Barfoot was subsequently commissioned as a second lieutenant. His division moved into France, and by September 1944 was serving in the Rhone valley. Lieutenant Barfoot learned he would be awarded the Medal of Honour and chose to have the presentation ceremony in the field, so that his soldiers could attend. He was formally presented with the medal on 28 September 1944, in Épinal, France, by Lieutenant General Alexander Patch.

Medal of Honour Citation

Second Lieutenant Barfoot’s official Medal of Honour citation reads:

For conspicuous gallantry and intrepidity at the risk of life above and beyond the call of duty on 23 May 1944, near Carano, Italy. With his platoon heavily engaged during an assault against forces well entrenched on commanding ground, 2d Lt. Barfoot (then Tech. Sgt.) moved off alone upon the enemy left flank. He crawled to the proximity of 1 machinegun nest and made a direct hit on it with a hand grenade, killing 2 and wounding 3 Germans. He continued along the German defense line to another machinegun emplacement, and with his tommygun killed 2 and captured 3 soldiers. Members of another enemy machinegun crew then abandoned their position and gave themselves up to Sgt. Barfoot. Leaving the prisoners for his support squad to pick up, he proceeded to mop up positions in the immediate area, capturing more prisoners and bringing his total count to 17. Later that day, after he had reorganized his men and consolidated the newly captured ground, the enemy launched a fierce armored counterattack directly at his platoon positions. Securing a bazooka, Sgt. Barfoot took up an exposed position directly in front of 3 advancing Mark VI tanks. From a distance of 75 yards his first shot destroyed the track of the leading tank, effectively disabling it, while the other 2 changed direction toward the flank. As the crew of the disabled tank dismounted, Sgt. Barfoot killed 3 of them with his tommygun. He continued onward into enemy terrain and destroyed a recently abandoned German fieldpiece with a demolition charge placed in the breech. While returning to his platoon position, Sgt. Barfoot, though greatly fatigued by his Herculean efforts, assisted 2 of his seriously wounded men 1,700 yards to a position of safety. Sgt. Barfoot’s extraordinary heroism, demonstration of magnificent valor, and aggressive determination in the face of pointblank fire are a perpetual inspiration to his fellow soldiers.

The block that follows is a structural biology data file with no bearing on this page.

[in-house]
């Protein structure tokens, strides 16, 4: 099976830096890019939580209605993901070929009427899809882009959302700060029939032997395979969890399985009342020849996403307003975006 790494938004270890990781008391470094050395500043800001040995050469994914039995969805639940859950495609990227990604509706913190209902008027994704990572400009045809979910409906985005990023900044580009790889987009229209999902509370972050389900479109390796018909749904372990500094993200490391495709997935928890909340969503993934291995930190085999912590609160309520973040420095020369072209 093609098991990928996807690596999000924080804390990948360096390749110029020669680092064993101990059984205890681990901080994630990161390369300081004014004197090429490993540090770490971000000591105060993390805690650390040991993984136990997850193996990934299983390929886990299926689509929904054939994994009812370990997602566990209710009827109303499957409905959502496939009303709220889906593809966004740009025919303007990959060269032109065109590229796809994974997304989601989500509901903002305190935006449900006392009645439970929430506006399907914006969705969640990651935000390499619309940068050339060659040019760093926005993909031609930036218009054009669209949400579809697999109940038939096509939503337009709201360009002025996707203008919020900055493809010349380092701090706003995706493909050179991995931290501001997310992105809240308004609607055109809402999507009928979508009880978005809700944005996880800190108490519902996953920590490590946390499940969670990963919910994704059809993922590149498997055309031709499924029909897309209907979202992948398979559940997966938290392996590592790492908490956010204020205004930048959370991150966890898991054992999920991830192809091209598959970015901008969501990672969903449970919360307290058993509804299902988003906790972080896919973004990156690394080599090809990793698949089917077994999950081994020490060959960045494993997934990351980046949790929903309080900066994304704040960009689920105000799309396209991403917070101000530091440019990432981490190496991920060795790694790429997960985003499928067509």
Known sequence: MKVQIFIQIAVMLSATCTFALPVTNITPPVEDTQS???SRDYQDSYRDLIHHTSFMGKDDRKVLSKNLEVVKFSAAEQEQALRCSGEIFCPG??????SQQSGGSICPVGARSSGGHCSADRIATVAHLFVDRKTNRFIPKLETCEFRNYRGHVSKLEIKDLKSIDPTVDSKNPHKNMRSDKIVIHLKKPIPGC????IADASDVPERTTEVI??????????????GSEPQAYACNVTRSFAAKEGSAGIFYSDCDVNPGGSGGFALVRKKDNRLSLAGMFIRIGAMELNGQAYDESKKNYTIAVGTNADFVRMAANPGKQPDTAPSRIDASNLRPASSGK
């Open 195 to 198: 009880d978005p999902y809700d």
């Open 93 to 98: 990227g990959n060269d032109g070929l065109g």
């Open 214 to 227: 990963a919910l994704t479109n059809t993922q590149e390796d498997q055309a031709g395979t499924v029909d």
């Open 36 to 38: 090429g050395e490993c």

Post-World War II